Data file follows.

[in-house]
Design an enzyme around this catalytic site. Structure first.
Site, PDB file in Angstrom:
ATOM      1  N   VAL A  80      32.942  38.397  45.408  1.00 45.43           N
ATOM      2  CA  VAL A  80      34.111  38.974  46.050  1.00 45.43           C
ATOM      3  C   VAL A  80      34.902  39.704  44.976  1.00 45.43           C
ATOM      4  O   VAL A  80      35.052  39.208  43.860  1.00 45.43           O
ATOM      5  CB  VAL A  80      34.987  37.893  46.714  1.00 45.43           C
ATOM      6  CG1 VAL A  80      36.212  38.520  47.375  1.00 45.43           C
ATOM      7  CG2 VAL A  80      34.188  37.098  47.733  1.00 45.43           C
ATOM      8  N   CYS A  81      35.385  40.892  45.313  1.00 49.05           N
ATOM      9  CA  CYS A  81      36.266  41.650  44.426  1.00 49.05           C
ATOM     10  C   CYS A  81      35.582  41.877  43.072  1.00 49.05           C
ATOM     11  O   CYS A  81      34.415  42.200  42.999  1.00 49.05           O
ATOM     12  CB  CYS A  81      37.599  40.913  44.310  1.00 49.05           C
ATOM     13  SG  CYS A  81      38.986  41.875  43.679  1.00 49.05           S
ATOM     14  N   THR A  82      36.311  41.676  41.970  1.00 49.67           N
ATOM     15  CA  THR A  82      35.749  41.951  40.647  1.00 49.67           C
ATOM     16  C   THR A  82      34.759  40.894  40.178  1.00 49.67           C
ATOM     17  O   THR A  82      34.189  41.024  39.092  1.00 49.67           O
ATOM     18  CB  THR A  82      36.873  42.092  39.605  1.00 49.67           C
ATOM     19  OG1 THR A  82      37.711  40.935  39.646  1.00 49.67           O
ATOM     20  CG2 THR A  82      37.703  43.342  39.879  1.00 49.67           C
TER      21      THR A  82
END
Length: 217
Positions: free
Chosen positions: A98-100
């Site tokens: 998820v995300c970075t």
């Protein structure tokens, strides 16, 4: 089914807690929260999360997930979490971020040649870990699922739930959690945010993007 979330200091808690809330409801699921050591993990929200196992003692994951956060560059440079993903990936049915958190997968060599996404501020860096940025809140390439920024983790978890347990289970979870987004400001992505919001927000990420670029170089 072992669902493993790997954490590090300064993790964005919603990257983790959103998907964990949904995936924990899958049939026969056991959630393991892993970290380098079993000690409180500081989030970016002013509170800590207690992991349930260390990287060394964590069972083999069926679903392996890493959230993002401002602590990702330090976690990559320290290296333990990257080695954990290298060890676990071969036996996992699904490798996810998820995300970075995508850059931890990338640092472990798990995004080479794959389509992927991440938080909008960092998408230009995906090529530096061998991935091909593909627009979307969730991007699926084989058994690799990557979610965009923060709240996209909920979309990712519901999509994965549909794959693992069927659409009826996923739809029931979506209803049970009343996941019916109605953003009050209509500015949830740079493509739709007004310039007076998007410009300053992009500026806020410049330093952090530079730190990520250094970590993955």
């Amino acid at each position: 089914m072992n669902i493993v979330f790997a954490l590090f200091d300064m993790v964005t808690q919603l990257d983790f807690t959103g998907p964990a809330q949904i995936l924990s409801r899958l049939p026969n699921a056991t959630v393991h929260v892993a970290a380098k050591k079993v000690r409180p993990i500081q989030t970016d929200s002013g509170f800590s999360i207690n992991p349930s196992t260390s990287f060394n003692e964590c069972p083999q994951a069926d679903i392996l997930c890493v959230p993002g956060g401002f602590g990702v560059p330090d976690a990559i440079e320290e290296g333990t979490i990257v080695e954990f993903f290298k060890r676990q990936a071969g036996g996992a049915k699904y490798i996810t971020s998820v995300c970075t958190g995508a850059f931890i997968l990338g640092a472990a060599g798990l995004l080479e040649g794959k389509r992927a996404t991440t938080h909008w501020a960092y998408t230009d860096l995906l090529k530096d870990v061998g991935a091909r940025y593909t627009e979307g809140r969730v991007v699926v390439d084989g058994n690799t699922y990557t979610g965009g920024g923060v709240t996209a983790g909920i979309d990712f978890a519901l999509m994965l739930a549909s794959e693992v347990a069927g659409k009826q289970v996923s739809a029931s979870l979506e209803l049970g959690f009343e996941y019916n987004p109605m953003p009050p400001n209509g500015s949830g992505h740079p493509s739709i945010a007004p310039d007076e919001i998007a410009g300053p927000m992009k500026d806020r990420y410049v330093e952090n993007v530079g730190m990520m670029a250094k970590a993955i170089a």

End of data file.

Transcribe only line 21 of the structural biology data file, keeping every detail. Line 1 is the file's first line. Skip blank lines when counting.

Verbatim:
ATOM     18  CB  THR A  82      36.873  42.092  39.605  1.00 49.67           C